LAKE BUENA VISTA, Fla. — For most of Disney’s Animal Kingdom
guests, Wildlife Express to Rafiki’s Planet Watch is a novel way to
travel by rail behind the scenes. It runs from the African village
of Harambe past state-of-the-art animal care facilities to Rafiki’s
Planet Watch, an interactive, fun-filled center of activity
focusing on animals worldwide.
But for railroad buffs, the puffing steam engines and their
open-air carriages provide a nostalgic adventure extending the
legends of British railroading in the mountains and jungles of
Engines like these were first produced by British boiler works
150 years ago. For nearly 100 years they were shipped to places
like South Africa, Rhodesia or India carrying European explorers
and the native population to the animal lands, mines and
agricultural areas of the two continents.
The model for the new Disney engines, discovered in the archives
of the Indian Peninsula Railroad, features an unusual Aspinwall
side-tank 2-4-2 design first built in 1898 in England’s Horwich
Locomotive Works. Its passenger carriages are partly enclosed by
waist-high, wood-louvered shutters with carpet bags, boxes, crates
and wicker luggage stacked high on its weathered rooftops –
definitely an “Out of India” theme.
The Express travels a 1.2-mile circle-tour route built in
narrow-gauge (3.3-foot rail width) to fit the scale of its Disney’s
Animal Kingdom surroundings. The smaller scale was used in many
remote areas where narrow-gauge was easier to build along canyon
walls and around horseshoe bends.
Three engines and two sets of cars were built in 1997 only a few
miles from William Shakespeare’s cottage in Stratford-on-Avon by
the model-railroad firm of Severn Lamb, Ltd., at Alchester,
England. The company makes trains, large and small, for parks
throughout the United Kingdom and Europe, including one for
Disneyland Paris. Each five-car train seats 250 passengers on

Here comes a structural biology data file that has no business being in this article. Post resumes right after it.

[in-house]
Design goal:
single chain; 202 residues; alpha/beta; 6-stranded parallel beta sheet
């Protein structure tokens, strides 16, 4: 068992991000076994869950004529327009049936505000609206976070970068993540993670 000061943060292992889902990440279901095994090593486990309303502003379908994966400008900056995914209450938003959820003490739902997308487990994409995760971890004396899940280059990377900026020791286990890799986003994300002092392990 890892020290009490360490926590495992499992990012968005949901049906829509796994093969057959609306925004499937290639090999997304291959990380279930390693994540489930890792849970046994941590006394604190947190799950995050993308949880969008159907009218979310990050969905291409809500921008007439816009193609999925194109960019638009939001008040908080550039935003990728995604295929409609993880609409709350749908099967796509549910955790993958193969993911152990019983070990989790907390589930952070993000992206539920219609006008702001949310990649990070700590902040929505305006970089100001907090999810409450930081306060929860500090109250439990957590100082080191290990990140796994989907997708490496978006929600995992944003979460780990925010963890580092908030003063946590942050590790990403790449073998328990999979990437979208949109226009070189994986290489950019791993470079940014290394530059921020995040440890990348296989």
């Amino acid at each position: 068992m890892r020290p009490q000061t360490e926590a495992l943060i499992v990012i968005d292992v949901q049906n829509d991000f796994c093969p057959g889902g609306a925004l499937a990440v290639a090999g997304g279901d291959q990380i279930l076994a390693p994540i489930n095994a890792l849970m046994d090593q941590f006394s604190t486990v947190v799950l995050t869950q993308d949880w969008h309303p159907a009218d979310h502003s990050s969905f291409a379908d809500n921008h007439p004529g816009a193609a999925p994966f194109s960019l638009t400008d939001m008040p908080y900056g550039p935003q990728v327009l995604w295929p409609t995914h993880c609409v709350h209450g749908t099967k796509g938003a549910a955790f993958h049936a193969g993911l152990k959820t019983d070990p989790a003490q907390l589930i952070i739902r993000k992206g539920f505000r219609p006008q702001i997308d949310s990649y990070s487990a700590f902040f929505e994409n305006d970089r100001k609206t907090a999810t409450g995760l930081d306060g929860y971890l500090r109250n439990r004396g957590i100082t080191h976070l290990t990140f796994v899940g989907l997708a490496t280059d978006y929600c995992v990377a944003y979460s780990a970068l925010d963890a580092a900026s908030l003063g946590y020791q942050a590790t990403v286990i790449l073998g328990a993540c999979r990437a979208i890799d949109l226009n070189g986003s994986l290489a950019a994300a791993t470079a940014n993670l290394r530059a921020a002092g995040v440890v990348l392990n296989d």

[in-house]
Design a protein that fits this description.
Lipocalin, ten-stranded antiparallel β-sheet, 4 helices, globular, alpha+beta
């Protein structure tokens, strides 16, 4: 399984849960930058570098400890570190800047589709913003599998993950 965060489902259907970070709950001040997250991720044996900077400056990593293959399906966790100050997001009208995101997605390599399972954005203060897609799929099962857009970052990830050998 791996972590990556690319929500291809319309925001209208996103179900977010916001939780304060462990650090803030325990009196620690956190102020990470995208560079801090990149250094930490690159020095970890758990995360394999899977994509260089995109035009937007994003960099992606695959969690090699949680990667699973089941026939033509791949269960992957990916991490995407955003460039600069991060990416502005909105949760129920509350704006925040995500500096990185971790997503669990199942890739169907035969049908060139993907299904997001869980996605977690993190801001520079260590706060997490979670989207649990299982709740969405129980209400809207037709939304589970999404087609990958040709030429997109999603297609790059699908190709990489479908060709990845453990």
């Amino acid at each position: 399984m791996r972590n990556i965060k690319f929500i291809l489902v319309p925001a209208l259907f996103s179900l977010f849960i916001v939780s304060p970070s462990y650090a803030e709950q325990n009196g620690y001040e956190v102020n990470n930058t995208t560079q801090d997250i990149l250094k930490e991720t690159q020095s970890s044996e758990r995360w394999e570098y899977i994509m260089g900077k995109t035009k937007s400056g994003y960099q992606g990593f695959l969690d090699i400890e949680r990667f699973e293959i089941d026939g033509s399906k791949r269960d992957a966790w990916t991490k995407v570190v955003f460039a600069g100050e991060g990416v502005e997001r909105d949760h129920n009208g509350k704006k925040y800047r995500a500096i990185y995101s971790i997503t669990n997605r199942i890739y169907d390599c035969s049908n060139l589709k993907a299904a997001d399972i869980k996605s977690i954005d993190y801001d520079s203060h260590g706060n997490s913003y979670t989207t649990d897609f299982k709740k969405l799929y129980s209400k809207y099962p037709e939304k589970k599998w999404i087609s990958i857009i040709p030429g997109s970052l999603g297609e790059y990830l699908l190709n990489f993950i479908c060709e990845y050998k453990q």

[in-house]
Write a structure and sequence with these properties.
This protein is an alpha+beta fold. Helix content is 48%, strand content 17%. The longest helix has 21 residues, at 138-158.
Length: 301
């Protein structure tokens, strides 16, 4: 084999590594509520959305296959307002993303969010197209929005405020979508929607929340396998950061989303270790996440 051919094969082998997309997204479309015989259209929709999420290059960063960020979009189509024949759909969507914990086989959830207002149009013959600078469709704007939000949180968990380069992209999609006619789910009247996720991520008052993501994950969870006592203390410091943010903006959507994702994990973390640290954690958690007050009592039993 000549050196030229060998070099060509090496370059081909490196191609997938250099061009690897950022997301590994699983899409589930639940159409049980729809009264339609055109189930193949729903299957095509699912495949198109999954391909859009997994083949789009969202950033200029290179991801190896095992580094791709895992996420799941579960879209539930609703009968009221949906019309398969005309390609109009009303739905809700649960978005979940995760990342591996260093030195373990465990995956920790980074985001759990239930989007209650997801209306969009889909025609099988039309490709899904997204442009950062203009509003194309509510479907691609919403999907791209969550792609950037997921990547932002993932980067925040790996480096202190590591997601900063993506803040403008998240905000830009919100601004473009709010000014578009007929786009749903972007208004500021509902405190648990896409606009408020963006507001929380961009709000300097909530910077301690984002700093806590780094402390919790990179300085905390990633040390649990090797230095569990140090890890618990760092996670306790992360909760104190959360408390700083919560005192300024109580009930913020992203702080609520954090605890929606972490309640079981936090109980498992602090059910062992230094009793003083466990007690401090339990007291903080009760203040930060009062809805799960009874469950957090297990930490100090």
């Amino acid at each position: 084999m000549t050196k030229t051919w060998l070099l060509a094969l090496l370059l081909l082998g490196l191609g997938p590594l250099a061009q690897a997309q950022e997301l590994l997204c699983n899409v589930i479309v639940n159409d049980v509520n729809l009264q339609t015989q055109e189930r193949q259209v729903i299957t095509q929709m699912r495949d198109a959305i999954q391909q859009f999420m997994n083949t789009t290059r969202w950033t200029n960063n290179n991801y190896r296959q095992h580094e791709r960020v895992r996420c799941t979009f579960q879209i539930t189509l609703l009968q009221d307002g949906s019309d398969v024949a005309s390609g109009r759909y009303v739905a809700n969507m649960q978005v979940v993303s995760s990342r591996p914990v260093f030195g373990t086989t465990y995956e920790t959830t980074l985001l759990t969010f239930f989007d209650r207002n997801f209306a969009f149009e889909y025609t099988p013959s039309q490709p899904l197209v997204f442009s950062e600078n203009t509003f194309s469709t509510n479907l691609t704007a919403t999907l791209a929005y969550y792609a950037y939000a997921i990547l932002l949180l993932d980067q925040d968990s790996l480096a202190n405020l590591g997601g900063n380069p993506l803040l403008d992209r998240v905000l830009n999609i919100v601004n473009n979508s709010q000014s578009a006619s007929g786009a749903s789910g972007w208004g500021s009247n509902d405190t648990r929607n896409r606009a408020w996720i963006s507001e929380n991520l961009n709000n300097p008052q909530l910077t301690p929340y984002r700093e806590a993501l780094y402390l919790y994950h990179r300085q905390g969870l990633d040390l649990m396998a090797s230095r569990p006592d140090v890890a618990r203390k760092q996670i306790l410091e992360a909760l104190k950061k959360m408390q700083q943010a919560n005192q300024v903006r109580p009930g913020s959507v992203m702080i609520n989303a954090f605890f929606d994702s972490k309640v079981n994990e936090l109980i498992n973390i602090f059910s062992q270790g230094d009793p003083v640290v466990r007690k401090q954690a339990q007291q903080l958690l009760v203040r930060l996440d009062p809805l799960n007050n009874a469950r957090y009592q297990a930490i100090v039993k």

contoured benches facing sideways.
The stubby-looking locomotives — engine and tender all in one
– look very different from the Magic Kingdom American-style
engines with their bells and low-moaning B&O whistles. Wildlife
Express whistles sound like the scream of a wounded piccolo. You’ll
recognize them right away from a dozen British mystery movies.
The classic depot is patterned after stucco structures with
archways surrounding an open-air waiting area built by the British
in East Africa during the early 1900s and complete with colorful
travel posters on the walls and a corrugated-metal water tank
nearby. Next to formal, wrought-iron railings is a “local addition”
made of thatch-and-pole construction.
The train makes its way down a shallow valley between Africa and
Asia for a behind-the-scenes look at ultra-modern animal care
facilities which provide nighttime shelters for lions, elephants,
warthogs and antelope herds. All of these animals and many more
spend their days in the forests and grasslands of Africa along the
route of Kilimanjaro Safaris.
At Rafiki’s Planet Watch, guests enjoy up-close encounters with
small animals, interactive videos showing animal researchers and
conservation programs around the world, and a complete veterinary
hospital with medical procedures in progress. Television screens
provide intimate views of animals during feeding, health care and
other daily activities within backstage animal care facilities and
at locations in the Africa and Asia animal lands.
Supervising design and construction of the trains for Walt
Disney Imagineering were Joel Fritsche, technical director of
mechanical engineering, and veteran Disney train-maker Bob Harpur,
who came out of retirement to help with the project.
Harpur ran a model train factory before joining Disney in 1966
to help locate and rebuild antique trains from Mexico for Magic
Kingdom and Disney’s Fort Wilderness Resort and Campground in
The Wildlife Express job involved overseeing tracklayers on
site, traveling to England to check on construction of three
engines and 10 carriages, and directing final theming and
“weathering” by Disney experts at the Walt Disney World site.
Although some of the 19th century trains may be still operating
with makeshift repairs and unreliable schedules in isolated areas
of the world, the last of the vintage steam trains in England
retired nearly 50 years ago, relegated to places like the National
Railway Museum in Yorkshire. None will ever again carry as many
passengers as the Wildlife Express will carry at Disney’s Animal